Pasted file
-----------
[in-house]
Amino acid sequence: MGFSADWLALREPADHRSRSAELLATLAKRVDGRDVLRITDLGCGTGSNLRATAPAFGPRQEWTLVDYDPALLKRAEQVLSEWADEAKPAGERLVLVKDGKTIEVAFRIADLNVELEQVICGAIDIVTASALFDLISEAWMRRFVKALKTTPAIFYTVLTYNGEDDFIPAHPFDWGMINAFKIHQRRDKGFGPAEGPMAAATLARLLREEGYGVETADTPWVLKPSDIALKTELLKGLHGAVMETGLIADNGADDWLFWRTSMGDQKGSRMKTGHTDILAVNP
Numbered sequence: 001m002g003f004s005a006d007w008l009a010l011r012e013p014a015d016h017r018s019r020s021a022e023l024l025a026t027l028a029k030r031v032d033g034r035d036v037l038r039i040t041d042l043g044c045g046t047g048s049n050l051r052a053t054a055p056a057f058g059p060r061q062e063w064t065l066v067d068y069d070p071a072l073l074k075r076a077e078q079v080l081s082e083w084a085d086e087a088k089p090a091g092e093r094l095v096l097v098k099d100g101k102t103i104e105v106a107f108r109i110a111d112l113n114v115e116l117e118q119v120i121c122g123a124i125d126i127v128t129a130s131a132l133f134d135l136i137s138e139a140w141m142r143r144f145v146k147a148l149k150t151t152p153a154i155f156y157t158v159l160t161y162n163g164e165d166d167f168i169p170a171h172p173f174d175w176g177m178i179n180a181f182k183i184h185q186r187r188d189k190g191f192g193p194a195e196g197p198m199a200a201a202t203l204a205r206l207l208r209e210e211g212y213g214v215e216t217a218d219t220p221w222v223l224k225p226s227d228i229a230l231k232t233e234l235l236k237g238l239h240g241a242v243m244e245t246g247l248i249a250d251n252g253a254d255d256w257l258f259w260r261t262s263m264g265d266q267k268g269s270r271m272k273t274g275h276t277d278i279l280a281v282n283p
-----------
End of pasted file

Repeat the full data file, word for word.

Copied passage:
[in-house]
Amino acid sequence: MGFSADWLALREPADHRSRSAELLATLAKRVDGRDVLRITDLGCGTGSNLRATAPAFGPRQEWTLVDYDPALLKRAEQVLSEWADEAKPAGERLVLVKDGKTIEVAFRIADLNVELEQVICGAIDIVTASALFDLISEAWMRRFVKALKTTPAIFYTVLTYNGEDDFIPAHPFDWGMINAFKIHQRRDKGFGPAEGPMAAATLARLLREEGYGVETADTPWVLKPSDIALKTELLKGLHGAVMETGLIADNGADDWLFWRTSMGDQKGSRMKTGHTDILAVNP
Numbered sequence: 001m002g003f004s005a006d007w008l009a010l011r012e013p014a015d016h017r018s019r020s021a022e023l024l025a026t027l028a029k030r031v032d033g034r035d036v037l038r039i040t041d042l043g044c045g046t047g048s049n050l051r052a053t054a055p056a057f058g059p060r061q062e063w064t065l066v067d068y069d070p071a072l073l074k075r076a077e078q079v080l081s082e083w084a085d086e087a088k089p090a091g092e093r094l095v096l097v098k099d100g101k102t103i104e105v106a107f108r109i110a111d112l113n114v115e116l117e118q119v120i121c122g123a124i125d126i127v128t129a130s131a132l133f134d135l136i137s138e139a140w141m142r143r144f145v146k147a148l149k150t151t152p153a154i155f156y157t158v159l160t161y162n163g164e165d166d167f168i169p170a171h172p173f174d175w176g177m178i179n180a181f182k183i184h185q186r187r188d189k190g191f192g193p194a195e196g197p198m199a200a201a202t203l204a205r206l207l208r209e210e211g212y213g214v215e216t217a218d219t220p221w222v223l224k225p226s227d228i229a230l231k232t233e234l235l236k237g238l239h240g241a242v243m244e245t246g247l248i249a250d251n252g253a254d255d256w257l258f259w260r261t262s263m264g265d266q267k268g269s270r271m272k273t274g275h276t277d278i279l280a281v282n283p